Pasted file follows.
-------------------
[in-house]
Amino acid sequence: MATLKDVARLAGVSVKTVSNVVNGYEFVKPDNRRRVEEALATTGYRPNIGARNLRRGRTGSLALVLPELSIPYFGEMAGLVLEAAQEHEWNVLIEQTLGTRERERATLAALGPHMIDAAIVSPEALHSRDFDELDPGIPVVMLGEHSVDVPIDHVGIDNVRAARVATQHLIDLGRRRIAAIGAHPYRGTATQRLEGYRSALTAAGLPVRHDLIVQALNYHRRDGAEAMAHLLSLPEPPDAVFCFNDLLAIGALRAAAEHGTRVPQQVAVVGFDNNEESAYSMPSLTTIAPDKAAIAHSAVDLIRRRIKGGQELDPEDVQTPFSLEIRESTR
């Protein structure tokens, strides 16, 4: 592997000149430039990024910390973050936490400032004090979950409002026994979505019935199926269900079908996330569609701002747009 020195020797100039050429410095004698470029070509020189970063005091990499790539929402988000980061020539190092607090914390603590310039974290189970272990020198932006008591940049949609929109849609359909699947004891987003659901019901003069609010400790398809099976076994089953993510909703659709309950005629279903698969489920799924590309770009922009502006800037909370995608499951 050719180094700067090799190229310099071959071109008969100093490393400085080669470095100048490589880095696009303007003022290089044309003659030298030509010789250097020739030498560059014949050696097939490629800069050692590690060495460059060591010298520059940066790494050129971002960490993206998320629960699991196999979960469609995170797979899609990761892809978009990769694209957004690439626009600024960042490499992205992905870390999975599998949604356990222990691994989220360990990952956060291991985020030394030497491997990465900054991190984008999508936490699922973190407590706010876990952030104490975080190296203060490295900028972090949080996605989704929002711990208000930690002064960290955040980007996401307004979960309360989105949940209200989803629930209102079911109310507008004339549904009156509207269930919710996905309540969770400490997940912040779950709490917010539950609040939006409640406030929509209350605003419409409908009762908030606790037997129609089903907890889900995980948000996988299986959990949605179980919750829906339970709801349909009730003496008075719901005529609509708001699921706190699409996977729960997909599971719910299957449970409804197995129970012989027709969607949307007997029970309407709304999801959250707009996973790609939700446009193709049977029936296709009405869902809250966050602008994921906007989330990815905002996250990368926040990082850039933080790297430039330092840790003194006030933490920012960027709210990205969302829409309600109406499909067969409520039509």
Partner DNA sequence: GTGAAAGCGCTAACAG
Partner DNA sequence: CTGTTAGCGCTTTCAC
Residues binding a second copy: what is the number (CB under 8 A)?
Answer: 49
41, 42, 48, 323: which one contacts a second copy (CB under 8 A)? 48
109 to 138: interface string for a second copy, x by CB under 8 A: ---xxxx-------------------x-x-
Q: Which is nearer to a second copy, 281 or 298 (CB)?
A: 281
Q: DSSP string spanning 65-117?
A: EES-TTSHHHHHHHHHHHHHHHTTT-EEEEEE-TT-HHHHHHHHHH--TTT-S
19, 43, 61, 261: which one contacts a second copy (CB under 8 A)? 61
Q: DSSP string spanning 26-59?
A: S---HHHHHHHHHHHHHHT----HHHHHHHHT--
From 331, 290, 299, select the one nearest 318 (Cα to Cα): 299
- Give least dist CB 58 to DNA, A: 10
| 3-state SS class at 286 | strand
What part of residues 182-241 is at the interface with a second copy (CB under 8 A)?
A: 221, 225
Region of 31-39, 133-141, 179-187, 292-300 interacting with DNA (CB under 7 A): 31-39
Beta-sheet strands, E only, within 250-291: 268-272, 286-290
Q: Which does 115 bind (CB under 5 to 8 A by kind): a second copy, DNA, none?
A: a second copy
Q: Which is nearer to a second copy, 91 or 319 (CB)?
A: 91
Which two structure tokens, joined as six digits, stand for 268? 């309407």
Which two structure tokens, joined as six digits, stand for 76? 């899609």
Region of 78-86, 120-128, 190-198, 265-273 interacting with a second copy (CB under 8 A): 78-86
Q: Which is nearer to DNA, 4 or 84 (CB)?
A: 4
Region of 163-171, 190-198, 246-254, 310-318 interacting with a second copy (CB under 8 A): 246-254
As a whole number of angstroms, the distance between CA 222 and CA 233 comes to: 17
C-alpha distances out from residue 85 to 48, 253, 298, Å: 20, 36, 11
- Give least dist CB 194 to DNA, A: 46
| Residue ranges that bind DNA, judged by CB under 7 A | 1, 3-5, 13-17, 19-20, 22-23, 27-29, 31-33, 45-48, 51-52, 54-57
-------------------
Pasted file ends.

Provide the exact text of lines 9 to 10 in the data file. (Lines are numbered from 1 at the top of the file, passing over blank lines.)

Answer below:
109 to 138: interface string for a second copy, x by CB under 8 A: ---xxxx-------------------x-x-
Q: Which is nearer to a second copy, 281 or 298 (CB)?